Martin Helmut Fieber

Basic C++ setup with dependency management in CMake

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Introduction

When I started seriously learning C++ a couple of years ago, I struggled with a proper setup the most. Beginner tutorials often only use the command line, but lack in larger topics like build and dependency management. Where more advanced guides often assume greater knowledge with at least CMake already.

Coming from web development, dependency management was one of the easier tasks, as simple as npm install. Nevertheless, building a web project got increasingly difficult over the years, assuming the usage of tools like TypeScript, Babel, webpack and others. Of course there is still the option to not use any and go "vanilla".

As I started writing websites with Internet Explorer 5, I kinda grew up with those tools, naturally, as they emerged over the years. In contrast, coming into the large C++ ecosystem with a lot of tools and practices feels like hitting a wall with high speed. Stepping back, starting without tools, and trying to understand every tool I add first, at least on a basic level; that was the plan. And the tool I wanted to understand first was CMake — little I knew what a ride that will be.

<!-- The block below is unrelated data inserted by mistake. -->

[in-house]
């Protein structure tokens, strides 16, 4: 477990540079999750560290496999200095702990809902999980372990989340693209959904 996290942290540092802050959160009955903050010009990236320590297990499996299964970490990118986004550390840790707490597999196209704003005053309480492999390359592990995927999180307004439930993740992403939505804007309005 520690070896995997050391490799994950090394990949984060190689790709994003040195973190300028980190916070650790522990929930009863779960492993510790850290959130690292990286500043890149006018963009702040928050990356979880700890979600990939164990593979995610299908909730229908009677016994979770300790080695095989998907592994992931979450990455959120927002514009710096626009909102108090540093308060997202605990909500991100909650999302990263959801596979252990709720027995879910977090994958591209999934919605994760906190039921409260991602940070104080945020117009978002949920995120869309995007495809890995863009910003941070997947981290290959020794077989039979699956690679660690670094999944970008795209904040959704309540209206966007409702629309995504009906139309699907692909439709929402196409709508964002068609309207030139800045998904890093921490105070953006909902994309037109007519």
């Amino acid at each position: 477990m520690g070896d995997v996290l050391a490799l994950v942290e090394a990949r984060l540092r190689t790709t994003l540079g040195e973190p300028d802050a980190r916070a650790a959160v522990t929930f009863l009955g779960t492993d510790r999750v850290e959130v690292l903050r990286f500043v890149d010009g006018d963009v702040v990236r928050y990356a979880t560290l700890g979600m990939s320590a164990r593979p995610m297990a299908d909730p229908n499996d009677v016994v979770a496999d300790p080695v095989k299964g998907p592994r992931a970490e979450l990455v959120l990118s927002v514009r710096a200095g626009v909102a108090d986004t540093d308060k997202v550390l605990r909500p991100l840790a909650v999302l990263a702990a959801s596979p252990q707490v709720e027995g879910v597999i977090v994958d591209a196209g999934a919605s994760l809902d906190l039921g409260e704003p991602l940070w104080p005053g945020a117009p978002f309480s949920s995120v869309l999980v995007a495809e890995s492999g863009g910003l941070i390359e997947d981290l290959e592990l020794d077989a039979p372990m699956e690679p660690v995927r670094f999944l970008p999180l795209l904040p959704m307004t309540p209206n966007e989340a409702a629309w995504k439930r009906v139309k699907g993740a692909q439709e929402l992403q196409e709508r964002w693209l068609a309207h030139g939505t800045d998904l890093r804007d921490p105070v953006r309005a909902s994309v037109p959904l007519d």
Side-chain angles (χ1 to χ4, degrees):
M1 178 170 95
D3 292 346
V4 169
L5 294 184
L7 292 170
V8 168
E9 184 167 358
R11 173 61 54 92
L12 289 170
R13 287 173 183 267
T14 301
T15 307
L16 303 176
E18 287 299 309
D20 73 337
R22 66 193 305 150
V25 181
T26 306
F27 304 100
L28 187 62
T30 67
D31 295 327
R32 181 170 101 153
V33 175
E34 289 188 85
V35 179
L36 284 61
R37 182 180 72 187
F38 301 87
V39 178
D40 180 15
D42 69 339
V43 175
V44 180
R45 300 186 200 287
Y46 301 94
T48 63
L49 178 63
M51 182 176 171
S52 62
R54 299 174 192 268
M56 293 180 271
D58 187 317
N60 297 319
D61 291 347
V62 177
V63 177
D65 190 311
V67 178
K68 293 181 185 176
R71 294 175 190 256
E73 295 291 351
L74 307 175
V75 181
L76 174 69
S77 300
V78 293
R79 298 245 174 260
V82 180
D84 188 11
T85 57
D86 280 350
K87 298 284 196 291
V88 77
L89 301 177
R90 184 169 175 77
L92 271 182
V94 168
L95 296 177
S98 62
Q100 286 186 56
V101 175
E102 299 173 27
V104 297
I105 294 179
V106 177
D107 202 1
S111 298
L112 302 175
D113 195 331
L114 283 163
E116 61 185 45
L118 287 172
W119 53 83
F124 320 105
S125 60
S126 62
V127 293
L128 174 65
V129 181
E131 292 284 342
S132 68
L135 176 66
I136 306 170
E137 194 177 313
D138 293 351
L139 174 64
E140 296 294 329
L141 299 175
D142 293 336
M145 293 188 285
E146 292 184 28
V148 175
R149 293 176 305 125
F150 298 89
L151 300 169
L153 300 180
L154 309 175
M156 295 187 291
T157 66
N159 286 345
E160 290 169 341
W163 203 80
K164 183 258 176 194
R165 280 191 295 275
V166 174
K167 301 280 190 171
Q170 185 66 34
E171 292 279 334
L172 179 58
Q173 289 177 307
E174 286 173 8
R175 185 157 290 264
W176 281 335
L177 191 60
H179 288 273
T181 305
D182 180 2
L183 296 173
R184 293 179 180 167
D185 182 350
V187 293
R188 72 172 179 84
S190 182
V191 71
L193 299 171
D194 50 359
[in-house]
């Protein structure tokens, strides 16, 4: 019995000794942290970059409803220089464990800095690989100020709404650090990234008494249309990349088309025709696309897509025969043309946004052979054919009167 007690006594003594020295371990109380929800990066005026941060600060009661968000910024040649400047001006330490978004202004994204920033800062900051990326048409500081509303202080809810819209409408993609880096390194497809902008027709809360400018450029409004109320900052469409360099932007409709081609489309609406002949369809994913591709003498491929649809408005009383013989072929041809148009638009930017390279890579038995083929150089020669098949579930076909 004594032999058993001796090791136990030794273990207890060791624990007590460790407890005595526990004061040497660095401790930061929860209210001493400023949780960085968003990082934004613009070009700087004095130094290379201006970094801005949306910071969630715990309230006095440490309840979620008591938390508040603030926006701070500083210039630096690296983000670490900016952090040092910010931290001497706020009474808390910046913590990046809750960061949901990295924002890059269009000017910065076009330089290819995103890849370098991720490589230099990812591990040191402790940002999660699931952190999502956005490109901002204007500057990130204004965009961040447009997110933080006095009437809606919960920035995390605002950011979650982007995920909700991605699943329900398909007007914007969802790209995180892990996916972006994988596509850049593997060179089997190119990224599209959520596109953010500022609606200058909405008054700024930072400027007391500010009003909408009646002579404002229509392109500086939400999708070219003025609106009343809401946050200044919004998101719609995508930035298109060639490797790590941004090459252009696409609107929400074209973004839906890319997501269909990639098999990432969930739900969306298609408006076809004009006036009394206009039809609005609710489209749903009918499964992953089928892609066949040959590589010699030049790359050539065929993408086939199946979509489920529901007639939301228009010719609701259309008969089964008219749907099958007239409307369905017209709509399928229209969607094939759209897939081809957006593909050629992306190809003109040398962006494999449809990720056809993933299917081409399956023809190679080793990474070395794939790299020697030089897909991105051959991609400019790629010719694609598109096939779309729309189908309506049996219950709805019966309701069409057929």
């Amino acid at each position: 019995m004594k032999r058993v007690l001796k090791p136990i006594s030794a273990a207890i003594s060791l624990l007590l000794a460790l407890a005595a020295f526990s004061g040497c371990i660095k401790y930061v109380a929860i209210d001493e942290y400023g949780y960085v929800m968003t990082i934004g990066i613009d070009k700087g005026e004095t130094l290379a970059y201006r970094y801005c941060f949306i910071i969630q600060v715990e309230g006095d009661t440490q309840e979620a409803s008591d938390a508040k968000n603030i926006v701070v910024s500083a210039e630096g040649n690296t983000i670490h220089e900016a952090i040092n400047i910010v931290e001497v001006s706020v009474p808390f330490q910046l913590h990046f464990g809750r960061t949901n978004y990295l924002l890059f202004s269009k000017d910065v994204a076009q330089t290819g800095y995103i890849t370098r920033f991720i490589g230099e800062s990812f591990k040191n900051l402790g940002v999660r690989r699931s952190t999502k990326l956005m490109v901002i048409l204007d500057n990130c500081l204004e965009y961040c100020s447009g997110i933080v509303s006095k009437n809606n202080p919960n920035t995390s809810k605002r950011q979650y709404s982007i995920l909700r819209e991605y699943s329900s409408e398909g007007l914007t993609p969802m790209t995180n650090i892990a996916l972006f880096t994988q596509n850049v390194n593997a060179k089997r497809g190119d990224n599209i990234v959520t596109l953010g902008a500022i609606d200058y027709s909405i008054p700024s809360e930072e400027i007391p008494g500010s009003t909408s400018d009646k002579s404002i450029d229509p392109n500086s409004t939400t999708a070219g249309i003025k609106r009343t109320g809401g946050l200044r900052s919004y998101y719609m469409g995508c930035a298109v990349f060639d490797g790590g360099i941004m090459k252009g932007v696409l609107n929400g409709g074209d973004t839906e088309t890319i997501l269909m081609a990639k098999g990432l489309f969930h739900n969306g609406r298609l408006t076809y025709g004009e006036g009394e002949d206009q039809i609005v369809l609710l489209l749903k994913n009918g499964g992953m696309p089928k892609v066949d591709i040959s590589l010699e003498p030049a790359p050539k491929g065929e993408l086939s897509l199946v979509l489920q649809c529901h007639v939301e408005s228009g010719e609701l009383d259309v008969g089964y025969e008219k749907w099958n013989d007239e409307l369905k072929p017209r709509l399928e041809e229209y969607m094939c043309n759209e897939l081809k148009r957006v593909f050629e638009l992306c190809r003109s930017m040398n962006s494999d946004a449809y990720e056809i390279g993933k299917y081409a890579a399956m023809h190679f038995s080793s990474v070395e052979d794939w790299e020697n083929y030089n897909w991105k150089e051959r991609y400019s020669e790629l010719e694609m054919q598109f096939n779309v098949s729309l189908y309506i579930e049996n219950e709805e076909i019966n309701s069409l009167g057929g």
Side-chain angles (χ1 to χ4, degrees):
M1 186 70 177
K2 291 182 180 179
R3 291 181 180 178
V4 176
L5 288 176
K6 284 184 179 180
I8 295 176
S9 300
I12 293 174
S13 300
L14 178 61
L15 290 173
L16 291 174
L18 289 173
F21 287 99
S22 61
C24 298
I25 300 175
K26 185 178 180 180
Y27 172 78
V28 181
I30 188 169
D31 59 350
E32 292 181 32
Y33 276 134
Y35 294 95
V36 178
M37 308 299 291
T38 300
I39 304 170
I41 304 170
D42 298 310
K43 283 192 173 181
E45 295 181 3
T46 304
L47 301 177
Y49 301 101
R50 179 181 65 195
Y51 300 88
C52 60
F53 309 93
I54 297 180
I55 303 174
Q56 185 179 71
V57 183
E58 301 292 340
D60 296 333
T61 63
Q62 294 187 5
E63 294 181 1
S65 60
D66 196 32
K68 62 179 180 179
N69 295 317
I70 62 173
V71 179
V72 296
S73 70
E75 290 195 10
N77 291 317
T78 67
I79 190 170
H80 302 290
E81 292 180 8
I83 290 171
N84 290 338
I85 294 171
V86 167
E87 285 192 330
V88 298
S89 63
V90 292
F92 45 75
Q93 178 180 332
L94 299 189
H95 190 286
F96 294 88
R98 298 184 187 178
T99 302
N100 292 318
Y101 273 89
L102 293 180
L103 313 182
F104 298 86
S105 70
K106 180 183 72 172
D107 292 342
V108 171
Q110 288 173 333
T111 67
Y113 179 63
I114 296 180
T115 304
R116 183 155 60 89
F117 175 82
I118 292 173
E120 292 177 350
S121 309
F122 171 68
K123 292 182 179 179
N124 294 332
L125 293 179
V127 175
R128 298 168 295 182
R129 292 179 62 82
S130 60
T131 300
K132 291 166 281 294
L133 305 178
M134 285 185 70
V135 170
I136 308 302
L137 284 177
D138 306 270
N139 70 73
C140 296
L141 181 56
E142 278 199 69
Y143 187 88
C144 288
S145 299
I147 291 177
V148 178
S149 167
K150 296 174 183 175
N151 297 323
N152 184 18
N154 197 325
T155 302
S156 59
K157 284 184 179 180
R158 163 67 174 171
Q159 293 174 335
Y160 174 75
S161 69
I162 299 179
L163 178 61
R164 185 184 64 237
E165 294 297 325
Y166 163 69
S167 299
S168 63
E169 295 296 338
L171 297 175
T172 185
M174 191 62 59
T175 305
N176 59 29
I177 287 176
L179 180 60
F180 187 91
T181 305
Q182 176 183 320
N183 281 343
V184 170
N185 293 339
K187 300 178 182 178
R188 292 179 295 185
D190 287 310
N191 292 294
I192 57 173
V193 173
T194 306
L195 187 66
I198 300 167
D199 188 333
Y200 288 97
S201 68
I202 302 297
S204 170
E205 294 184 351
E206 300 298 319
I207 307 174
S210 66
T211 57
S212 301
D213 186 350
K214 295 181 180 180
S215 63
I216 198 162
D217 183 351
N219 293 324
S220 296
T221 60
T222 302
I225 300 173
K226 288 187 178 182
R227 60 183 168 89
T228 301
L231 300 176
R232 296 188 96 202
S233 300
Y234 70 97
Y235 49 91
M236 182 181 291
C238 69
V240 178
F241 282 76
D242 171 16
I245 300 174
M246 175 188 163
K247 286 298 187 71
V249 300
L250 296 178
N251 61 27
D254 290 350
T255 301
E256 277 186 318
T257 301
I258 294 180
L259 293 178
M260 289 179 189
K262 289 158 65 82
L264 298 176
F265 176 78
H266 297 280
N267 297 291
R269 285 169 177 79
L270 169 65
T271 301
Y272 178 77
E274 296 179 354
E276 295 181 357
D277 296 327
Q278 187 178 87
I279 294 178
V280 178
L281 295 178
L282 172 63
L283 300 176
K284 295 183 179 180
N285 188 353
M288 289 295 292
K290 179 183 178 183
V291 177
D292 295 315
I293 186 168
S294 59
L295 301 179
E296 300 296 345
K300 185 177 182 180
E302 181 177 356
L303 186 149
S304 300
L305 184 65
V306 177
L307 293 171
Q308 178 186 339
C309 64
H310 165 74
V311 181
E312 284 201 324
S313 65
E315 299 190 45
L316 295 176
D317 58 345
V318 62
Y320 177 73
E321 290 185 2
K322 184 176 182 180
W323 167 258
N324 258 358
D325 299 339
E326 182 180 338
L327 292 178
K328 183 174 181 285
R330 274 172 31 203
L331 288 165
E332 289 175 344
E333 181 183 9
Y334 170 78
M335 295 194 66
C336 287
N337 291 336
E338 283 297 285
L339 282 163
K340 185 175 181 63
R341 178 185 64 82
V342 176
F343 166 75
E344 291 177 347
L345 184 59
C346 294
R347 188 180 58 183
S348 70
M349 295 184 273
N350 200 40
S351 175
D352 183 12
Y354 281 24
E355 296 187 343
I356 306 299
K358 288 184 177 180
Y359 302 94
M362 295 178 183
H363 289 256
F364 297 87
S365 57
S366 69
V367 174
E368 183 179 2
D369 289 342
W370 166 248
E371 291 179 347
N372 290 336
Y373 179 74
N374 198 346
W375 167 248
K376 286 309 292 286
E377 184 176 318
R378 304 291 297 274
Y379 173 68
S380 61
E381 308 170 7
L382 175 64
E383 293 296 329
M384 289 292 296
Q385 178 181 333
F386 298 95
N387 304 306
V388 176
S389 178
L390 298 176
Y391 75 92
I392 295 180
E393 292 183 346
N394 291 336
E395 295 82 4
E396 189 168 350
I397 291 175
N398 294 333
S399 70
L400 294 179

Before I start some words about platform support: I regularly work on a M1 Mac, but I also tested this setup with Windows 11 and Linux (Debian).

Learning CMake

I've heard a lot of things about CMake, a lot of those things were bad. Nevertheless, CMake seems to be a very dominant tool in C++ development, and I definitely wanted to understand it, at least good enough to feel comfortable using it.

Searching the internet for resources I saw a lot of CMake code, solving the same problem in many ways. Initially I tried to combine what I found to reach my goals, but even with the little understanding of CMake I had this felt wrong. Not fully understanding the tool, I've got the same frustration probably many felt using CMake and its many versions. It was time to extend my CMake knowledge — I bought Professional CMake: A Practical Guide, that I've heard a lot of good things about. And the book was indeed an amazing source of knowledge. By the way, there is no affiliation, I just genuinely like the book.

From here on I will show how I set up my environment for C++ development with CMake. It may not be the best, but it proved valuable for me multiple times and is, with my limited experience, my favourite choice developing in C++.

Application setup

The minimal project setup looks like this:

build/
  debug/
  release/
cmake/
  CompilerWarnings.cmake
  StandardProjectSettings.cmake
  StaticAnalyzers.cmake